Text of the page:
• Dress professionally and act as suitable role models for young children
  • Have enhanced DBS checks
  • Ensure all their delivery teams are professionally trained and have extensive experience of delivering education programmes to the relevant key stages
  • End the meeting for all at the end of the session

 

Their staff will not:

  • Take into the workshop or use any personal mobile phones or devices
  • Record any live workshops, nor consent to being recorded by schools
  • Take or share any videos or photos of the workshops without prior agreed consent and the completion of parent consent forms
  • Engage in inappropriate conversations with children or young people or share inappropriate personal information about themselves or others
  • Discriminate favourably or unfavourably towards a child or young person
  • Undermine fundamental British values including democracy, rule of law, individual liberty and mutual respect
  • Show disrespect towards students or teachers with different faiths, beliefs or from different cultures to their own
  • Ask for or use full names
  • Give personal contact details to children or young people or communicate outside of National Museums Liverpool using social media networks, email, or text

 

Managing behaviour:

  • Set clear expectations of behaviour at the start of the workshop and establish an agreed means for students to engage directly with the facilitator
  • It remains the responsibility of the teacher to manage students’ conduct throughout the workshop
  • All participants, including students, school and museum staff, will treat one another with respect, speaking with courtesy and abstaining from foul, abusive, racist or homophobic language or any inappropriate or suggestive comments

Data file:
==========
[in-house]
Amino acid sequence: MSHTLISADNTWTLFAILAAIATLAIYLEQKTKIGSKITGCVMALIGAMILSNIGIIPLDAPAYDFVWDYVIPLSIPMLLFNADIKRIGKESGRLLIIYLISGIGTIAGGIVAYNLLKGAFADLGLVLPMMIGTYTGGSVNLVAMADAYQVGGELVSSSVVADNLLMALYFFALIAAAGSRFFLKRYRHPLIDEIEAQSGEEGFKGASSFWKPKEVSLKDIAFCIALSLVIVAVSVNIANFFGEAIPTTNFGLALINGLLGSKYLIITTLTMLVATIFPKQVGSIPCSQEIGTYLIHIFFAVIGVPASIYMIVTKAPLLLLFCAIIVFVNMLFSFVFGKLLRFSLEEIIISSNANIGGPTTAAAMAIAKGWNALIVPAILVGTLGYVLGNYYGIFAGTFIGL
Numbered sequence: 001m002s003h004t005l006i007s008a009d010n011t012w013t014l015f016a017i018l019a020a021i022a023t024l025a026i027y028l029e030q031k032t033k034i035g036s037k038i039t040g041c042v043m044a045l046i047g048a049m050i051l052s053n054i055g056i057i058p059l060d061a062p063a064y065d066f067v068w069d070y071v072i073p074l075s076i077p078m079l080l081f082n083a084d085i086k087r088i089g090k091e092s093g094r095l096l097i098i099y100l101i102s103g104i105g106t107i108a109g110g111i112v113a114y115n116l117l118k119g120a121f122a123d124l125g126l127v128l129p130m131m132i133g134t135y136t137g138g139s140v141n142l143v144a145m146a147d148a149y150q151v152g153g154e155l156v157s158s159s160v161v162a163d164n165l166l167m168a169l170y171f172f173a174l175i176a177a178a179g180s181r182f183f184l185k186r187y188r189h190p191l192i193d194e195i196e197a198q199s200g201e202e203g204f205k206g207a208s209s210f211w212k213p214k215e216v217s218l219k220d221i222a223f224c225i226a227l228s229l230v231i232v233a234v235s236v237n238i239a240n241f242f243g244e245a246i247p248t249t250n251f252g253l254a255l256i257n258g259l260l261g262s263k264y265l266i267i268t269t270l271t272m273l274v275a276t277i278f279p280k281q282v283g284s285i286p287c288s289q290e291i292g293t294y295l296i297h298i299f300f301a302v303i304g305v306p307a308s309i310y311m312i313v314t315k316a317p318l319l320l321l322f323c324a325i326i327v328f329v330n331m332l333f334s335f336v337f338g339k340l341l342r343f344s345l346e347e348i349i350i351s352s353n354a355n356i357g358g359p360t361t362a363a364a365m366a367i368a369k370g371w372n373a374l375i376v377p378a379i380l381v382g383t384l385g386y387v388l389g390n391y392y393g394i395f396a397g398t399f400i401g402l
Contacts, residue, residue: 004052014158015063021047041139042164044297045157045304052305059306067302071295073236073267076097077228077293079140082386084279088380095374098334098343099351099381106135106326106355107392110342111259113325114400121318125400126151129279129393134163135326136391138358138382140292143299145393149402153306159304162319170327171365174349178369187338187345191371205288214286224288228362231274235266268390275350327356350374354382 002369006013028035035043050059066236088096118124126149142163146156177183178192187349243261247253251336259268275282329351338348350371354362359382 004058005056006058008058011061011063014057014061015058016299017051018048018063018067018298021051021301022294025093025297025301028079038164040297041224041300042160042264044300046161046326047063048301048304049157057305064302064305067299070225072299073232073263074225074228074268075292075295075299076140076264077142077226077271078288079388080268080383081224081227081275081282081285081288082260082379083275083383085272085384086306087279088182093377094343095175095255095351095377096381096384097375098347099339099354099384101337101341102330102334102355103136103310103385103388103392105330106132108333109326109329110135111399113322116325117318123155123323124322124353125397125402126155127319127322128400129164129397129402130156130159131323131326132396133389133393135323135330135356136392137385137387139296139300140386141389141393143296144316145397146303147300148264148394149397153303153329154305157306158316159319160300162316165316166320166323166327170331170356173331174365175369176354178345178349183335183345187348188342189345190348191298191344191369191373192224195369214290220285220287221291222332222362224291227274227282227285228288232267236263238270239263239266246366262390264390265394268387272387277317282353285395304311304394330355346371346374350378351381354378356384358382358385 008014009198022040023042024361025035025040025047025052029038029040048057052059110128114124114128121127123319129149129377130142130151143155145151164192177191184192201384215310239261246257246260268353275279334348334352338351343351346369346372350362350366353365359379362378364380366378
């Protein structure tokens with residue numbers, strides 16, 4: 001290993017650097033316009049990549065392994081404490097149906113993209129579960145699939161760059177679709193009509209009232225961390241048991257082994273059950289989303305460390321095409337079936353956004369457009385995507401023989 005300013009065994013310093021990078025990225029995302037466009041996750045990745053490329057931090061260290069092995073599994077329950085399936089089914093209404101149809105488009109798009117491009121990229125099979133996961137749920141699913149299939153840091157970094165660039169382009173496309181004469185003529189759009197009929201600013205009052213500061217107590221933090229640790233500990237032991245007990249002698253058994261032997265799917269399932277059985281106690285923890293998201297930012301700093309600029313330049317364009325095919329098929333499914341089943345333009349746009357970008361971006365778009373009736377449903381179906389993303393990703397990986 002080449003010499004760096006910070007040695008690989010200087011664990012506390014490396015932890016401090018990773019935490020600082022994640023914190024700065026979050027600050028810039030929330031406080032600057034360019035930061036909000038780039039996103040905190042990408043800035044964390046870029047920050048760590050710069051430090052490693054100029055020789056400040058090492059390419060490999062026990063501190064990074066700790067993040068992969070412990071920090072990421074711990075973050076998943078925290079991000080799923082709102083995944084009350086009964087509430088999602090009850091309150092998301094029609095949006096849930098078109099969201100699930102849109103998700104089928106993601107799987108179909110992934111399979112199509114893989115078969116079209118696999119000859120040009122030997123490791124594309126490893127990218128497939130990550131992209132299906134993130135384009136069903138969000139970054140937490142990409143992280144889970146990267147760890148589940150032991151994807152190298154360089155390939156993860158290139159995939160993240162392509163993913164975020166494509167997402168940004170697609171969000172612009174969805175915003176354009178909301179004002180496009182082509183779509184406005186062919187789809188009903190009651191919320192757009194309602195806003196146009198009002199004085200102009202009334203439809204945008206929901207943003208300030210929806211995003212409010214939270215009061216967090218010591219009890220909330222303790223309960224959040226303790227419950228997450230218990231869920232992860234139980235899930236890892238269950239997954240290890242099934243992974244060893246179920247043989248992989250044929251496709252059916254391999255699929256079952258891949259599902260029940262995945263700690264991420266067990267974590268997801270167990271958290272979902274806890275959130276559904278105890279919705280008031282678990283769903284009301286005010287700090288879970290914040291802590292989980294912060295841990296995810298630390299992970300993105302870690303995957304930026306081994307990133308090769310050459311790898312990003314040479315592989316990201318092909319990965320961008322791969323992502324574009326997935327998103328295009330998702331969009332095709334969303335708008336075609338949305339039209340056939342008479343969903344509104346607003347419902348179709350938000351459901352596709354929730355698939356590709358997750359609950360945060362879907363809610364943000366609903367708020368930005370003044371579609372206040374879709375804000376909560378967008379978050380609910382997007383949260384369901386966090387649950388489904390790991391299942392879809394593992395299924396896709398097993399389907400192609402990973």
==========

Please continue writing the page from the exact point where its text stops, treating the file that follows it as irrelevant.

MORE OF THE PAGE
• If a student is misbehaving the facilitator will pause delivery until the situation is settled by the teacher
  • If the group’s behaviour becomes disruptive, impeding the delivery of content, the facilitator has the right to end the workshop
SEND & Accessibility Details

N/A

This resource was created by National Museums Liverpool. Images, text and content may be subject to copyright.

We regularly check that this information is the latest and most up to date version, however it is advised that you also contact the venue directly if you need any further information, or have a particular question or concern.

About National Museums Liverpool.

National Museums Liverpool, comprising eight museums and galleries in and around Liverpool, has a range of learning resources to support schools.

Their live virtual classrooms – which explore ancient Egypt, ancient Greece, Impressionism, Liverpool’s history, RMS Titanic and Transatlantic Slavery – allow you and your students to engage with National Museums Liverpool’s collections wherever you’re based. There are also educational resources available to use on their website.

National Museums Liverpool brings learning to life for students, using real artefacts and objects to tell fascinating stories about the world around us.